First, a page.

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Post Reply 10-year-old with autism arrested at Florida school
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37 / M / Houston, Texas
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Posted 4/22/17
"In any criminal case, it's the state of Florida versus whoever is being charged," said Albright, who met Wednesday with the paraprofessional who pressed the charges. Albright added that instead of pursuing any criminal charges, this case will be approached "nonjudicially."

"In this case, we are not seeking to give him a criminal record or anything of that nature," Albright said about John. "The goal is to get the Department of Juvenile Justice and the state of Florida to provide some additional assistance and counseling for him."



I don't necessarily agree with the handcuffs but at least he going to get the help he really needs now.
Reading more about the story it's not the first time he's been troubled. Hope he can adjust well as he
gets older.
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13 / M / Mars
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Posted 4/22/17
I live in Florida and my school would never do something like this, (we have many children with autism) but I'm not surprised that something like this would happen and that's absolutely disgusting.
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21 / M / Oppai Hell
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Posted 4/22/17 , edited 4/22/17
It seems that everyone is trying to help him instead of letting him be sifted through the system without notice. This seems to be a good thing, depending on the help that will be provided in judicial proceedings.

I have seen many kids, autistic or not, get ignored and a great deal of them have not turned out well. We need a more proactive system of educators as we need parents to be themselves proactive, but understanding.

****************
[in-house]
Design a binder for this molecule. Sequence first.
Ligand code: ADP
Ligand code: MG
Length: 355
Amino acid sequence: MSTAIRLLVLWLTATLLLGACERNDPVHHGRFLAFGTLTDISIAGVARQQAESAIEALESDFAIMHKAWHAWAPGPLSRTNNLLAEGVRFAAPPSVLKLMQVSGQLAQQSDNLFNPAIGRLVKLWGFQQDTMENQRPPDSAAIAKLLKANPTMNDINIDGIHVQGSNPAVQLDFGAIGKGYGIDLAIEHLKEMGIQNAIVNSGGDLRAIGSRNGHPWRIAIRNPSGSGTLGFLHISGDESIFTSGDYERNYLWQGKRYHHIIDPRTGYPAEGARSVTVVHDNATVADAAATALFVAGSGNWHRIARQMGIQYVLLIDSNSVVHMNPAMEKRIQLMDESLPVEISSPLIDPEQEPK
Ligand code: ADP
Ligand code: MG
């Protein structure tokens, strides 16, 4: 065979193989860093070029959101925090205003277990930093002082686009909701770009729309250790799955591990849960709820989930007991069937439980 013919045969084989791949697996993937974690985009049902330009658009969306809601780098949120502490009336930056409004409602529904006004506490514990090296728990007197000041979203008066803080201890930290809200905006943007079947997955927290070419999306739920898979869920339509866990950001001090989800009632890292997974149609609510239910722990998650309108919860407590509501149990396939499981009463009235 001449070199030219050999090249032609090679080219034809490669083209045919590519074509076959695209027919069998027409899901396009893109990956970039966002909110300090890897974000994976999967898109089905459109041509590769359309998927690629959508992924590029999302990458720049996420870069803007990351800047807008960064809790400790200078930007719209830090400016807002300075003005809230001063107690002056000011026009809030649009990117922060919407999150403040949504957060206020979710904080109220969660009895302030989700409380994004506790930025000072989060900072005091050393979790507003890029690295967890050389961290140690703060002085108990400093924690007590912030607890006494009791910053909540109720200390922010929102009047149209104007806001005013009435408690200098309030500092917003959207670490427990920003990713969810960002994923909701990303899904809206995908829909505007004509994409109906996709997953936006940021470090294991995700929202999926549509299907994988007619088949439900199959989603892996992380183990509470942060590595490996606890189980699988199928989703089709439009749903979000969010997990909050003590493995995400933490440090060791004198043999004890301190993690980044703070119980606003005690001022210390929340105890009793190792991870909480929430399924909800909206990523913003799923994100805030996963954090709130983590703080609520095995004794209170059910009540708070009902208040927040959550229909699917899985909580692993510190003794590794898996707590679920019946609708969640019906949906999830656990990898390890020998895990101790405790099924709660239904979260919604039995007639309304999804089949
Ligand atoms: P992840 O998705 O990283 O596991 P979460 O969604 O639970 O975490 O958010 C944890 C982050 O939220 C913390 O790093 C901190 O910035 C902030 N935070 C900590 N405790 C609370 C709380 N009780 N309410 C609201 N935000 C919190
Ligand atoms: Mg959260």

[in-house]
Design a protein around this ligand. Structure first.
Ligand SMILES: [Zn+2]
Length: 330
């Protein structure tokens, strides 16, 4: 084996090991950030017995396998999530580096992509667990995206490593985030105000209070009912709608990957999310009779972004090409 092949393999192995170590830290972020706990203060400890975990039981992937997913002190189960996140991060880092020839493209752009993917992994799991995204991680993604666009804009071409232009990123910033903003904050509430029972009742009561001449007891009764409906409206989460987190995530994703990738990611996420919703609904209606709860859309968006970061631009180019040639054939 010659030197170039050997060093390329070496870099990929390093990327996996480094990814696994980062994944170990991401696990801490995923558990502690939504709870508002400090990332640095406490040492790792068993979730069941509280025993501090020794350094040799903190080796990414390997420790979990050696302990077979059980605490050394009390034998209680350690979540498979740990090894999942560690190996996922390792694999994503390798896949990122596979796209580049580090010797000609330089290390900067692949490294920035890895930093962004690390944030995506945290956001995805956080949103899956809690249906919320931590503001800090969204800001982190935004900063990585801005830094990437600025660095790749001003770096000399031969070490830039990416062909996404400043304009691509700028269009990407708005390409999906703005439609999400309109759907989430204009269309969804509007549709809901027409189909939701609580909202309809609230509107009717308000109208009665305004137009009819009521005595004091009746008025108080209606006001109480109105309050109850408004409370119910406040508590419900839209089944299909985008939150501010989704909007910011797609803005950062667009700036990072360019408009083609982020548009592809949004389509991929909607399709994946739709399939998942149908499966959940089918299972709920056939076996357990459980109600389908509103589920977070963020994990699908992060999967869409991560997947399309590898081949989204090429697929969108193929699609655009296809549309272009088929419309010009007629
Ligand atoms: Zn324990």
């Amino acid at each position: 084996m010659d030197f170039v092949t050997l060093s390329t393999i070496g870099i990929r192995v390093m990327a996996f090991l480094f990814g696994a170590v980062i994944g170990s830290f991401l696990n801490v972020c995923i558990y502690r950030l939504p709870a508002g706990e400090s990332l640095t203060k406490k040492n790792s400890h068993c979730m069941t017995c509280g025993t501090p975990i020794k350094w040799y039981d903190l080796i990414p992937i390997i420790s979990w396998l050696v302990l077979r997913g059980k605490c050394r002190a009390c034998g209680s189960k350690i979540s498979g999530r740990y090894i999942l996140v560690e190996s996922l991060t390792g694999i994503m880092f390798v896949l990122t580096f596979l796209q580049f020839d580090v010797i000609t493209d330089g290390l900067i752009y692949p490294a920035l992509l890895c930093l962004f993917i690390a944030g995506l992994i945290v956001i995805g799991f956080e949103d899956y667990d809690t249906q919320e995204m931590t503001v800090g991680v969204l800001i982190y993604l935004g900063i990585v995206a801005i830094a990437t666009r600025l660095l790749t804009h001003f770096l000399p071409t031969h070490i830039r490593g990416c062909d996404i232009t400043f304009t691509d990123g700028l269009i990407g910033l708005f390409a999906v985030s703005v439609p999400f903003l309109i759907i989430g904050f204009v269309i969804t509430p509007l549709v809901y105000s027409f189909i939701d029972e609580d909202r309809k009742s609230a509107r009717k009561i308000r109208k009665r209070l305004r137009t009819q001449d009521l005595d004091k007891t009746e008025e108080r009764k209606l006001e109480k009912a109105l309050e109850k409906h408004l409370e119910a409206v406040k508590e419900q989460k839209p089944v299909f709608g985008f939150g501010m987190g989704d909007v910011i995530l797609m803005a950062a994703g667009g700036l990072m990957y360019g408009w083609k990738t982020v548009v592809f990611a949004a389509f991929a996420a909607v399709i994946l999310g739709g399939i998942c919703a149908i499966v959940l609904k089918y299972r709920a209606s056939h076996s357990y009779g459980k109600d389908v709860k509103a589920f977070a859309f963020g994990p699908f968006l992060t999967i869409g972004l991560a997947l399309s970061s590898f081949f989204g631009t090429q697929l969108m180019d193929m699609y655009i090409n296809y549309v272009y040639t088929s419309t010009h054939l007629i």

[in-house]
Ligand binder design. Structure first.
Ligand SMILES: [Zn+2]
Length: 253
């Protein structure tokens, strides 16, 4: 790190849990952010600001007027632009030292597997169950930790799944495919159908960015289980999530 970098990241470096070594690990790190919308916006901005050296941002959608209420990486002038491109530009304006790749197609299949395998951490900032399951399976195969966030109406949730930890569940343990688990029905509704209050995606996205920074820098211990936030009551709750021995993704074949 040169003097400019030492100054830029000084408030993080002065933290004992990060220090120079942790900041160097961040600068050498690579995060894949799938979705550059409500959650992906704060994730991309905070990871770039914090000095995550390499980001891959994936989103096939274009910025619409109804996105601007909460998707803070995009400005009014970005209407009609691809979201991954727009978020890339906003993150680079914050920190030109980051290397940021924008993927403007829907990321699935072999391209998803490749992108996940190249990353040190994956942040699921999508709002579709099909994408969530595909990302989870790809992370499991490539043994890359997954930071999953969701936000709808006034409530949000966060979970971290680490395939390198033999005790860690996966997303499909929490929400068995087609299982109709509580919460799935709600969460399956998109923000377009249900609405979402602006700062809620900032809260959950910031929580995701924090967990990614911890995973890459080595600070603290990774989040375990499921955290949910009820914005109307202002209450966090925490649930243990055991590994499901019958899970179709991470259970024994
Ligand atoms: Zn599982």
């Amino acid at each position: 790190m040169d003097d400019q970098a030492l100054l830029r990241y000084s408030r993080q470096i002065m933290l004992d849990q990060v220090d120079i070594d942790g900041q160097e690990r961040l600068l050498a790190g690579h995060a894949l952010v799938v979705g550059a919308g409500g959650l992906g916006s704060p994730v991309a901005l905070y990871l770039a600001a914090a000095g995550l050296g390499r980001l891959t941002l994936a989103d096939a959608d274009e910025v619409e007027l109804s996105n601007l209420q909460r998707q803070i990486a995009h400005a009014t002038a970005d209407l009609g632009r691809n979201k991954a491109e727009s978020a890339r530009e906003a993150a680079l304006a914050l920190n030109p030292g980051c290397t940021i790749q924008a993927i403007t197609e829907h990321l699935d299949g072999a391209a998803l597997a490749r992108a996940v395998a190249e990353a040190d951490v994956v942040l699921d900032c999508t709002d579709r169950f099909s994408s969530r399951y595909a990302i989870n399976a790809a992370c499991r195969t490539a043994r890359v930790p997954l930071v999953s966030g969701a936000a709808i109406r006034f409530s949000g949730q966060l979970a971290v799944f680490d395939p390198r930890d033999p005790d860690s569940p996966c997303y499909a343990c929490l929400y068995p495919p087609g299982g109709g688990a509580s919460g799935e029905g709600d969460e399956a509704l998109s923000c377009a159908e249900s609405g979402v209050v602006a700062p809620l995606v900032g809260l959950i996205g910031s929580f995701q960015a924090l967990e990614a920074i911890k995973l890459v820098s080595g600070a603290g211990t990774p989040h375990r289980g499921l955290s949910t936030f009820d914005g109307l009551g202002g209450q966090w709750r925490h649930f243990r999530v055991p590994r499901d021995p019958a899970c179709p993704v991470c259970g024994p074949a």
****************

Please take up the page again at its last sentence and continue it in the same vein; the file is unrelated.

This may be the best option once we get the ball rolling, because it seems that it is legally required for this case to happen. At this point, time out seems to be a rather minor punishment for grade schoolers, especially a ten year old.
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23 / United States
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Posted 4/22/17
He was arrested for committing a crime (Battery and also threatening to kill someone) after being disruptive in class. It's NOT the job of Law Enforcement Officers to judge whether you are guilty or not in this situation where one party has called the police due to Felony Battery and Threats of Bodily Harm. Their job is to show up and tell party B (the kid in this case) that his options are to leave or to leave. It's not the LEO's job in this situation to determine whether who's right or wrong or whatever. One party wants the other removed for this reason. The right or wrongness of the School (which called Law Enforcement) is something that would be determined in court by a Judge and Jury if the mother wants to press charges or whatever. The Officers did their job correctly, they enforced the law at the behalf of one of the party who called them, which by the way Autistic or not the law applies to everyone, the consequences are what typically is different.


Law Enforcement isn't at fault here, the handler and the school maybe, however, that would be for a court to decide. Also, he needs to attend therapy because in 6-8 years he's going to have a body capable of dealing serious damage to people and if for some reason therapy doesn't help him, then unfortunately he may end up needing to be separated from everyone else. The mother also needs to stop trying to get her 30 seconds of fame off of him.